The narrow turn to Rebenacq revealed a stationary Mark, but my enquiries of his well-being were lost in the melee, which soon became a ruck as the climb through the traffic calming kicked in. I got up at very slow pace, but I'm sure that many others behind would have been forced to walk owing to sheer volume of humanity. I recall a picture of misery here, as a rider sat forlornly staring into the distance, his rear derailleur snapped off and dangling by its cable. In the end the climb of Rebenacq was an anticlimax, seeming much less severe than the previous day, the only difficulty being wet vegetation that had fallen from the overhanging trees. A quick glance back down the valley revealed a bobbing snake of multicoloured mayhem, all bent on escaping the dreaded wagon.

The descent was 'interesting' partially due to minimal traction, but also due to the ebb-and-flow, surge-and-stop effects of the sharp bends. At least the experience of seasoned sportifs meant the shouts of "Whoa!" were loud enough and early enough to prevent serious mishap on the narrowing roads. By the time we had undulated our way out to Arros-Nay, my speedo was proclaiming 30kmh average, I was gaining on the Broom Wagon.

I will admit that, in retrospect, I expected Category 3 climbs to be a little harder (but I'm not complaining). Labatmale came up in front, and the pace inevitably slowed, but I was surprised that there were riders slower than me. Not many, but some, and I kept pace with many. I remember another two casualties here, a guy just sat quietly in a space blanket, and a fellow inspecting a lightly spoked carbon wheel in the shape of a figure 8. At the top, some indication of the day's support was apparent. People had driven out from their homes to stand at the top and cheer us on. Amazing!

Lourdes from Labatmale is mostly downhill, and by now the groups were thinning out. I had to dig in a few times to avoid being lost off the back, and I think this paid dividends later on when there were fewer people around. At some point along here, the Mikey Express shot past, but I never saw him. As we thundered into Lourdes, we were met with a mass of stewards urging us to slow down "Ca Glisse! - It's slippery". Riders had already come to grief. By the feed at 70km, average speed was 27.8kmh against the Brooming Standard of 27.1kmh. I had time to pillage water and sandwiches, parking the bike on the opposite side of the road and joining the free-for-all on foot.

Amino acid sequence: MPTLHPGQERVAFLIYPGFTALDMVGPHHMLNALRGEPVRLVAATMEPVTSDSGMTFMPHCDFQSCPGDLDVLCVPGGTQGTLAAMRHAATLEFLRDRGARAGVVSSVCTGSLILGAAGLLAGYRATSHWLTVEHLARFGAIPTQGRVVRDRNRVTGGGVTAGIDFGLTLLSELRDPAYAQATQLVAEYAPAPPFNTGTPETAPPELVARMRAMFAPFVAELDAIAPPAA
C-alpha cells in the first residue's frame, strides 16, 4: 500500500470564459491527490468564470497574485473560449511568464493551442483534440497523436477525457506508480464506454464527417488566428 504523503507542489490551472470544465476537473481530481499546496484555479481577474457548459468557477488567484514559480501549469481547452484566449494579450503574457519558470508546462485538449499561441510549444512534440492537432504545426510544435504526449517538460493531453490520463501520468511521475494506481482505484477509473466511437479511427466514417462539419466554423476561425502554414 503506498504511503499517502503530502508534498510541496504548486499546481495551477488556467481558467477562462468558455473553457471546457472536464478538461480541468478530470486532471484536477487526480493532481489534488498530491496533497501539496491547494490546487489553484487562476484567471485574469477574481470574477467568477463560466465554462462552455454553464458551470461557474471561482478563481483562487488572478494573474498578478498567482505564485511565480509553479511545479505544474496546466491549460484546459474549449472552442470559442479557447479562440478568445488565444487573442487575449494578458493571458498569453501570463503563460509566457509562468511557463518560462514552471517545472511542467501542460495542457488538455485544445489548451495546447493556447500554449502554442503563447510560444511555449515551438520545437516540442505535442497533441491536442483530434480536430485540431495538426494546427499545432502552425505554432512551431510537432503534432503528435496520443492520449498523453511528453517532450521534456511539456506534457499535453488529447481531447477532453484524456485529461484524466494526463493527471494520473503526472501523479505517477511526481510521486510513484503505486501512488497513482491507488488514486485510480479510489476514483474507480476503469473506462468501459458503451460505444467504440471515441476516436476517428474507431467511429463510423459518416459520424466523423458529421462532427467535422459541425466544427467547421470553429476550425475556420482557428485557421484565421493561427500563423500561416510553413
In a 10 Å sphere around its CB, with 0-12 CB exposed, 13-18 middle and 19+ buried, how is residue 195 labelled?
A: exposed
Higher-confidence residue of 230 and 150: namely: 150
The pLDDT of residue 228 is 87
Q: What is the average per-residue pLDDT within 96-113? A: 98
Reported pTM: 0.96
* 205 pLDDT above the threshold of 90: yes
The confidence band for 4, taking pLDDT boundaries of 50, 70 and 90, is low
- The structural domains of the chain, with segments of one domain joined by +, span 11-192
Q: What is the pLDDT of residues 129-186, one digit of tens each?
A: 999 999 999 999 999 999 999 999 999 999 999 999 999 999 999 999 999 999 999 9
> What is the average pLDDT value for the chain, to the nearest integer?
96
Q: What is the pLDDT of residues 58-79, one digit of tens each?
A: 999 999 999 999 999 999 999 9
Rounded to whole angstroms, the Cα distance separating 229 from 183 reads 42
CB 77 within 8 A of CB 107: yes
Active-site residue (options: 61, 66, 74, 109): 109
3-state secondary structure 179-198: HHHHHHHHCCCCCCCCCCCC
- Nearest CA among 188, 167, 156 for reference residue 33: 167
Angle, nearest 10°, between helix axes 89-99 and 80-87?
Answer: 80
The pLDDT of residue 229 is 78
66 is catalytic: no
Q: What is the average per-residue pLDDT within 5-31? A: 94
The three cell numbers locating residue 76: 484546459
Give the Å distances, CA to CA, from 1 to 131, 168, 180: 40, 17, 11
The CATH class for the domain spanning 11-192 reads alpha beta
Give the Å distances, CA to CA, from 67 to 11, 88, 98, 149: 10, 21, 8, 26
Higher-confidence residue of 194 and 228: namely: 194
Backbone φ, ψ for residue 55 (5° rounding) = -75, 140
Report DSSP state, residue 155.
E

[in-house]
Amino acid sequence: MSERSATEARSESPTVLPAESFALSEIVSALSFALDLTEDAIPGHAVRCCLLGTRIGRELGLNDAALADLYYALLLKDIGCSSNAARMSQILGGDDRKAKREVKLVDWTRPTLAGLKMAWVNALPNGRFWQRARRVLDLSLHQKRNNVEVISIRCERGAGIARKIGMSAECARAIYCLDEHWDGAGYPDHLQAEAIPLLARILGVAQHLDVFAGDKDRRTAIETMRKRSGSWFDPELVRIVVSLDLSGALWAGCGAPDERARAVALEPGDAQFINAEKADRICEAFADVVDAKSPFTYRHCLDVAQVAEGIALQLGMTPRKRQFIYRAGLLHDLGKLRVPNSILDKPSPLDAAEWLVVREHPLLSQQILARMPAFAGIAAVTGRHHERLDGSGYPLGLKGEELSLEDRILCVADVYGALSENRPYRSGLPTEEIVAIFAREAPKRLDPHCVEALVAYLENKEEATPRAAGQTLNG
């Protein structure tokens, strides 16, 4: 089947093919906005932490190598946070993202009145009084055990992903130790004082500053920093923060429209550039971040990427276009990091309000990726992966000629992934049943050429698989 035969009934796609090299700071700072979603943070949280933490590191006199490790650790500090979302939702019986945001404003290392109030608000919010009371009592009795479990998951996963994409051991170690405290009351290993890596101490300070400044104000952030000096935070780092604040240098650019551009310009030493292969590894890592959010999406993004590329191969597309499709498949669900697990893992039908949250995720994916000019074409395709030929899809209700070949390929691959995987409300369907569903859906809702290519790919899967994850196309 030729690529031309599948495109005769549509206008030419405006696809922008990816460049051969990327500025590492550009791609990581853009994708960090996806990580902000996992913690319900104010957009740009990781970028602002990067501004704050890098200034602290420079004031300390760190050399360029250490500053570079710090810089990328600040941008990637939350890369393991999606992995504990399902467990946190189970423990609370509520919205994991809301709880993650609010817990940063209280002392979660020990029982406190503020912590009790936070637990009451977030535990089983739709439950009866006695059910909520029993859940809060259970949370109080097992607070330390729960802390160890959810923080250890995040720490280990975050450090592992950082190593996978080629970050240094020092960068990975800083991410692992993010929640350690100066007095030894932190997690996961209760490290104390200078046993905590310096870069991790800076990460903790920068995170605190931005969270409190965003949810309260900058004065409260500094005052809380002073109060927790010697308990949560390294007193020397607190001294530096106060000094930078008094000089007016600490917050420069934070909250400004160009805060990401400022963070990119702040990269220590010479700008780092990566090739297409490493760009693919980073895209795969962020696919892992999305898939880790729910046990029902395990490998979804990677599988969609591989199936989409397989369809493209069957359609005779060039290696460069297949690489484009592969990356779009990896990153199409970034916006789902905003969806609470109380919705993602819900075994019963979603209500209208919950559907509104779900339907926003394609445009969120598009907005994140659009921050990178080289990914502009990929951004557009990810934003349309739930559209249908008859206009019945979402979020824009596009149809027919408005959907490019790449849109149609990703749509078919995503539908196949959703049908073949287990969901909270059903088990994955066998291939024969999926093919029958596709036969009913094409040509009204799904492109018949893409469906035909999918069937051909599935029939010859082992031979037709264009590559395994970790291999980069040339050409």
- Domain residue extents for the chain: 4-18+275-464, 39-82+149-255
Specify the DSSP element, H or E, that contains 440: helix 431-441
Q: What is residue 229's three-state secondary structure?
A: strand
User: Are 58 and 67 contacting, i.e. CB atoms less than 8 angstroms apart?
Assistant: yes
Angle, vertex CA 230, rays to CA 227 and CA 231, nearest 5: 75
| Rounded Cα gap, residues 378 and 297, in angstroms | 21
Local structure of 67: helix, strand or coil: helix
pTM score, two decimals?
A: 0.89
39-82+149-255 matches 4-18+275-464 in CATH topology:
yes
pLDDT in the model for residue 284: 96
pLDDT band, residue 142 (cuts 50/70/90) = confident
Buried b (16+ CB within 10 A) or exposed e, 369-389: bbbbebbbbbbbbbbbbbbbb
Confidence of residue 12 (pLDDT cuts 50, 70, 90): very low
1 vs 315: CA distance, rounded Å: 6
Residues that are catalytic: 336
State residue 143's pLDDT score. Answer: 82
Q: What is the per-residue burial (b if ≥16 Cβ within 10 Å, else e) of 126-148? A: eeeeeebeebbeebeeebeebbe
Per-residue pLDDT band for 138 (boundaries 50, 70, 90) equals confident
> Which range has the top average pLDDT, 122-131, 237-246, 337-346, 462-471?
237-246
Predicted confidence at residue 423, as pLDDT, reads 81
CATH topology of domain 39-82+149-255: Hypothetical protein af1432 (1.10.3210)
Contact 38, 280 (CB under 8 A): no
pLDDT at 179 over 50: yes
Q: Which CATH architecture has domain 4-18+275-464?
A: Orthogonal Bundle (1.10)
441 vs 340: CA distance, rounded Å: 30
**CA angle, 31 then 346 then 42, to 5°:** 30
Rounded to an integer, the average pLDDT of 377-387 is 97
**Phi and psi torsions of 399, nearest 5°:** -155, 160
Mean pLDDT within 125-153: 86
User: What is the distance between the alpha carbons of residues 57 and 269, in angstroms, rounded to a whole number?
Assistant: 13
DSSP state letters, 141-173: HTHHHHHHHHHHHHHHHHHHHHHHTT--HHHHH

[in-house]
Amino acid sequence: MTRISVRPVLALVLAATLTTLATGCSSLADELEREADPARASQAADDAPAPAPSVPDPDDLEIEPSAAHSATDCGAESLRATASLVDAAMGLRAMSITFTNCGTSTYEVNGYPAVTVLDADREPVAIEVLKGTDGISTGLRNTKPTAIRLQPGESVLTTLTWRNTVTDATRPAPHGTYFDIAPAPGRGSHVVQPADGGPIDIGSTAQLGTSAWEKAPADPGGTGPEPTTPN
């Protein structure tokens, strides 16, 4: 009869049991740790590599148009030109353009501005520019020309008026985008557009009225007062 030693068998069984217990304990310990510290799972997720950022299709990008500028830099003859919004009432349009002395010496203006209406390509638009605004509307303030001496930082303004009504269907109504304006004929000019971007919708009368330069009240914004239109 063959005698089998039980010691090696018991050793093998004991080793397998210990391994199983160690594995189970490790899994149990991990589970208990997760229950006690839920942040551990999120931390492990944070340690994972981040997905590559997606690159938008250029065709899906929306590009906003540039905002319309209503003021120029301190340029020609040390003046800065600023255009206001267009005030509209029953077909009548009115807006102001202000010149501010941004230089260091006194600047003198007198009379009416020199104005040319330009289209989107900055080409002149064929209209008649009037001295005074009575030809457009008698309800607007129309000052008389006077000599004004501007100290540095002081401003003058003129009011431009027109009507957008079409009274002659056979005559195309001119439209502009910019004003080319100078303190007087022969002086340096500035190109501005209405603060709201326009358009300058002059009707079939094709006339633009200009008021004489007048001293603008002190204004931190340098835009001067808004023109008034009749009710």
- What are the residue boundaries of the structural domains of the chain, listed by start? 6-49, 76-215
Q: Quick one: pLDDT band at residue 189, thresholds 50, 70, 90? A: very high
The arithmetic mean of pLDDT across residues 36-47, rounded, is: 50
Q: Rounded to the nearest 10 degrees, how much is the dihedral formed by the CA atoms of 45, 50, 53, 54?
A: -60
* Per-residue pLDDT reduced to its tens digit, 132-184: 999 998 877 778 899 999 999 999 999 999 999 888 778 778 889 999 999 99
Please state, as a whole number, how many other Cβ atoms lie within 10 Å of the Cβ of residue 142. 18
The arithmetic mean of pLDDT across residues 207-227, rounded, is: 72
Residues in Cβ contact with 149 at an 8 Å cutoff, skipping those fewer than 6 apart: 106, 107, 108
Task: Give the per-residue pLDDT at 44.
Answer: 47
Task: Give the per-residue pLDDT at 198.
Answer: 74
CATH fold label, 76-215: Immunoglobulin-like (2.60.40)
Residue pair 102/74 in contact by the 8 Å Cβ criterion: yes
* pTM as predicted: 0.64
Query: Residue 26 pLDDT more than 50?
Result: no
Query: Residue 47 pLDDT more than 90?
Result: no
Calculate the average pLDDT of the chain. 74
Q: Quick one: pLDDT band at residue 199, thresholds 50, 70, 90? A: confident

5 minutes later, I was back on the road, shoving sandwiches facewards as I exited the town. Loucrup seemed steeper than Labatmale, but was over quicker. Just over the top we were reminded of the dangers still present in the wet roads, as a lady rider was being recovered by ambulance from a deep ditch on the first downhill corner.

The turn into the valley heralded the start of the draggy climbing, speeds falling off gradually as the gradient increased. We rolled into Bagneres-de-Bigorre, noting that the bunting had been put up since the previous day. As we emerged into the town square, the public were 6 deep on the pavement and the support was deafening. It certainly brought a tear to the eye, a lump to the throat, and an extra 5kmh to the legs. Baudean came and went, the gradient remained. Campan came and went, the gradient crept upward and eventually, just after the 100km mark, we reached St Marie de Campan and the foot of the Tourmalet.

This was my first 'real' checkpoint, the one at which I would know whether I was in trouble or not. Elapsed time 3 hours 45 minutes. A personal best for me over 100km and, more importantly, a gain from the start of 10 further minutes over the Wagon. At this point it was due to slow down, and I could steal some time over the few kilometers before the climbing really started.

I leaned my bike against the cemetery wall, rewarded myself by answering a call of nature in the civilised surroundings of the Public Convenience, then removed the arm warmers and showerproof before setting my head ready for the Tourmalet, Hautacam, and remaining 69km.


Etape Virgins said...

Clive, I had forgotten you had taken a picture of us too. Did you get the version I sent you?

We also put together a photo montage of the ride, in which you feature

Anonymous said...

Hi, very interesting post, greetings from Greece!